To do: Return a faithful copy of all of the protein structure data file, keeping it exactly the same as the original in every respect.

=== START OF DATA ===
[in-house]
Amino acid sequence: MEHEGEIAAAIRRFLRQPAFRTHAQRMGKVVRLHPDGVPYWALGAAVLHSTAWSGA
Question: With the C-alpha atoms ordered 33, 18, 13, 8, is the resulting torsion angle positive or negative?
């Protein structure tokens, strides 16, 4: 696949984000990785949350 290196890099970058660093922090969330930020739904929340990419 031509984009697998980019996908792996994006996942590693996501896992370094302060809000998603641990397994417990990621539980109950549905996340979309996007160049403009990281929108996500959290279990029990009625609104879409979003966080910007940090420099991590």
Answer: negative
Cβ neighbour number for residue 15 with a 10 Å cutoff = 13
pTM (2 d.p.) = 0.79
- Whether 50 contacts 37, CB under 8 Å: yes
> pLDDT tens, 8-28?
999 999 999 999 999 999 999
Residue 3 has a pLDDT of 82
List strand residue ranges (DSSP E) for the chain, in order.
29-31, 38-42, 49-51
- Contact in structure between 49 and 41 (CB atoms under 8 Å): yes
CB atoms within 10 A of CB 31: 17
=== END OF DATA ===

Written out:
[in-house]
Amino acid sequence: MEHEGEIAAAIRRFLRQPAFRTHAQRMGKVVRLHPDGVPYWALGAAVLHSTAWSGA
Question: With the C-alpha atoms ordered 33, 18, 13, 8, is the resulting torsion angle positive or negative?
């Protein structure tokens, strides 16, 4: 696949984000990785949350 290196890099970058660093922090969330930020739904929340990419 031509984009697998980019996908792996994006996942590693996501896992370094302060809000998603641990397994417990990621539980109950549905996340979309996007160049403009990281929108996500959290279990029990009625609104879409979003966080910007940090420099991590």
Answer: negative
Cβ neighbour number for residue 15 with a 10 Å cutoff = 13
pTM (2 d.p.) = 0.79
- Whether 50 contacts 37, CB under 8 Å: yes
> pLDDT tens, 8-28?
999 999 999 999 999 999 999
Residue 3 has a pLDDT of 82
List strand residue ranges (DSSP E) for the chain, in order.
29-31, 38-42, 49-51
- Contact in structure between 49 and 41 (CB atoms under 8 Å): yes
CB atoms within 10 A of CB 31: 17